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Robert Montague, Minister of National Security, has said that bachelor’s degrees are a dime a dozen and that persons should find ways to enhance their university education to increase their chances of finding a job.

“Don’t rely solely on your education to take you to your destination. Rather, use it as a stepping stone,”
Montague said as he addressed a group of 100 students who are children of policemen who are currently serving or have died or got injured while on duty. “Many young people are qualified, but jobless. So, even as you pursue your studies, be strategic and think about the opportunities available to you,” the minister said.

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The students have been granted scholarships for their tertiary education by the Ministry of National Security, in partnership with the Jamaica Police Federation. Each scholarship is valued at $200,000 per year over three years.

“Your parents and teachers have a wealth of experience and can provide useful advice. There is also the Internet, which has evolved to becoming the greatest platform for independence and self-growth. Snapchat, Twitter, Facebook and Instagram have become not only tools for self-expression and socialisation among the youth, but have become a career launching pad for persons who are now social media personalities,”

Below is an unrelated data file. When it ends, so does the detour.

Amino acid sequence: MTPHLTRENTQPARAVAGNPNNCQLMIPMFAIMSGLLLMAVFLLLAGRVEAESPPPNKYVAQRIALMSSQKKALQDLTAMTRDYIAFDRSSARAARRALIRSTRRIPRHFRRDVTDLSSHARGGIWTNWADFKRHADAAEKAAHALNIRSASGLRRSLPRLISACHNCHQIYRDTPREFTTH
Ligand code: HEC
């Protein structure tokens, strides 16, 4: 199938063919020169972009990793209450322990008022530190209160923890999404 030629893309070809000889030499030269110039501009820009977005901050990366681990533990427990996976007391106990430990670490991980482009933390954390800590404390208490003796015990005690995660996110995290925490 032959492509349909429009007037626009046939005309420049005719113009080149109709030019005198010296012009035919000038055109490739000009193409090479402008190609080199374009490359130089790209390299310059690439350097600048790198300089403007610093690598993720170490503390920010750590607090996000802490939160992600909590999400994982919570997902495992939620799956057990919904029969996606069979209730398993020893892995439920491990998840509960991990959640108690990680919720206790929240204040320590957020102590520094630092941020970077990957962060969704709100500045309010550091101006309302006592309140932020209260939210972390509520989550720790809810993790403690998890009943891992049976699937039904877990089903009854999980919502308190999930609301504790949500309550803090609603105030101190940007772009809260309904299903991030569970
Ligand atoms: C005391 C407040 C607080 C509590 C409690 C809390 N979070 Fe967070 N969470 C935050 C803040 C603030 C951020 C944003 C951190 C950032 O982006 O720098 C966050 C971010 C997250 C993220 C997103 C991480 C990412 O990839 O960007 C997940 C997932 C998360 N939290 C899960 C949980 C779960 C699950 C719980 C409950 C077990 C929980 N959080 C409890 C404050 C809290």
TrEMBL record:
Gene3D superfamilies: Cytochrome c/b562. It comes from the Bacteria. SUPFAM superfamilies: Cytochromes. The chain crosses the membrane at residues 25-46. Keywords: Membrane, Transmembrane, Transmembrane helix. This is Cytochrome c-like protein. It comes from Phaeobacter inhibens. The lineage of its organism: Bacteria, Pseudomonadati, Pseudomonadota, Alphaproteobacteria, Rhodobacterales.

Montague said.

It was also noted that popular blogger Russhaine Berry, popularly known as ‘Dutty Berry’, was one such scholarship recipient who went on to make a name for himself outside of the discipline he studied.

Dutty Berry’s father served the Jamaica Constabulary Force for close to 30 years. The blogger received a scholarship in 2010 which covered his tuition for the three years he studied at the University of the West Indies (UWI).

“It is definitely a good move by the ministry. Police officers work really hard and they make a lot of sacrifices for the country, and I think it’s good that the ministry is able to compensate them in this way. Every job needs a perk and when I found out that I probably didn’t have to go to the Students’ Loan Bureau, it was definitely a good feeling because there was a scholarship that I could make use of; and that is exactly what I did once my father told me it was available,”
Berry said.

The blogger agreed that university students should use their college education to create opportunities for themselves. “I understand why they would use me as an example, because I’m now a public figure and I appreciate the recognition. 

My story speaks to the fact that Jamaican people can be innovative and think outside of the box at all times. The way how the job climate set inna Jamaica, you are not guaranteed a job,” Berry said. “If you go to UWI and study history, you are not guaranteed a job in that field, so you have to sit down and be real clever about how you approach the marketplace.”

Berry said that persons should think about their skill sets and “let it work for you, because that was what I did.

“I appreciate that that’s the message that they (the ministry) are putting out there, because a lot of young people are use to thinking that after college you’re just going to get a job. But that is not what the real world is about. The real world is about assessing all your skills and talents and see what makes you the most competitive,”
he added.


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